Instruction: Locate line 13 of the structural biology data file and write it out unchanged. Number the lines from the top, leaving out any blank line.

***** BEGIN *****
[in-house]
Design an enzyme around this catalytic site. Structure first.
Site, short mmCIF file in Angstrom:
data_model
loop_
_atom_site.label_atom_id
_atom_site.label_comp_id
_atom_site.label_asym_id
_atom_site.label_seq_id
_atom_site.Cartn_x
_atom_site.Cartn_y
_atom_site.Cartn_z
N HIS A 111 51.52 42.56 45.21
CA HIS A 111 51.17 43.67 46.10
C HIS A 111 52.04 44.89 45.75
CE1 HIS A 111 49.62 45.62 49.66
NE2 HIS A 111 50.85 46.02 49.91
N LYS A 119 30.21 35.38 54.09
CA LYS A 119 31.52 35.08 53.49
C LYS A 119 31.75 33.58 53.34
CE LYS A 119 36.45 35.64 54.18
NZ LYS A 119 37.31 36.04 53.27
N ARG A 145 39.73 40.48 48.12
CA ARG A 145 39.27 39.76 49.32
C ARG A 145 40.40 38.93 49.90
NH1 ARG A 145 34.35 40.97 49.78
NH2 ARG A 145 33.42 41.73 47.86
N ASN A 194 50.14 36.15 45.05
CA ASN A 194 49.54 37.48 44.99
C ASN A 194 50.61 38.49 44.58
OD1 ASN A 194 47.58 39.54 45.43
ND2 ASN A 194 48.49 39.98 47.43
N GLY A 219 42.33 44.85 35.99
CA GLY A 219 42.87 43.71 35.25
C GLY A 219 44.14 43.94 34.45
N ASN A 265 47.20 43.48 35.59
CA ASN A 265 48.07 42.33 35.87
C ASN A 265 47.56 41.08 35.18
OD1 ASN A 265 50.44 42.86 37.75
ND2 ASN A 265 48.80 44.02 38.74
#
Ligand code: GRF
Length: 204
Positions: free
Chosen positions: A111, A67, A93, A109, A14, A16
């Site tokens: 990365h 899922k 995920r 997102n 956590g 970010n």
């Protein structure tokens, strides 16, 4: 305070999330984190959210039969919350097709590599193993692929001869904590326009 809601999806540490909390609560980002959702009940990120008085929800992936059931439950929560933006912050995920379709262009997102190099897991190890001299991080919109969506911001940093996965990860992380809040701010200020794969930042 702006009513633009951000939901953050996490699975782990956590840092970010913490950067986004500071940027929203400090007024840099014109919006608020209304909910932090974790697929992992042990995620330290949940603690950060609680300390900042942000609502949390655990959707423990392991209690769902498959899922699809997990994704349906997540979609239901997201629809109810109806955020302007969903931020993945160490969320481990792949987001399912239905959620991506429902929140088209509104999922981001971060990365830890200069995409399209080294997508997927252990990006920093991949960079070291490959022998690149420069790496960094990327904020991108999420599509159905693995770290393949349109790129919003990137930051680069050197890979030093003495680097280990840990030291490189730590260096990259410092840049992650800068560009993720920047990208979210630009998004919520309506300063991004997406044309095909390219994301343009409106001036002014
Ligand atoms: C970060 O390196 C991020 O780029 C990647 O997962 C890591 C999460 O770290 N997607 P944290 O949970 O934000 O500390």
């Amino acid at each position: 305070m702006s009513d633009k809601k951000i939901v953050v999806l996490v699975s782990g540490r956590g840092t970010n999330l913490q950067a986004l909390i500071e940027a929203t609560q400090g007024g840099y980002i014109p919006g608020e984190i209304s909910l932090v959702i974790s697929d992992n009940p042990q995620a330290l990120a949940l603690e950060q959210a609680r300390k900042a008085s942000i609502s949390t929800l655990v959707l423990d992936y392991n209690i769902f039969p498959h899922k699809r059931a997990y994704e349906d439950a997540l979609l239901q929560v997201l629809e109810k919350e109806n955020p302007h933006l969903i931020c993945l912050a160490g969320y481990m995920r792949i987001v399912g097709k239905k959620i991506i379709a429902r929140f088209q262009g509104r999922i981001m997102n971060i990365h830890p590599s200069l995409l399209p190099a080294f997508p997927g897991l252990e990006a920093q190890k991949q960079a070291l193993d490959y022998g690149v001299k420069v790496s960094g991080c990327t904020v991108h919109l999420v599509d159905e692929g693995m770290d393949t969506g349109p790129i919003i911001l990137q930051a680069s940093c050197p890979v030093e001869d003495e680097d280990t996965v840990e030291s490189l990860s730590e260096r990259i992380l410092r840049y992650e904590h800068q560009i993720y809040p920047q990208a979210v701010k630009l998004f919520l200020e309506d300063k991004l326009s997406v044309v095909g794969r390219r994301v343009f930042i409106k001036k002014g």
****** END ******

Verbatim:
N HIS A 111 51.52 42.56 45.21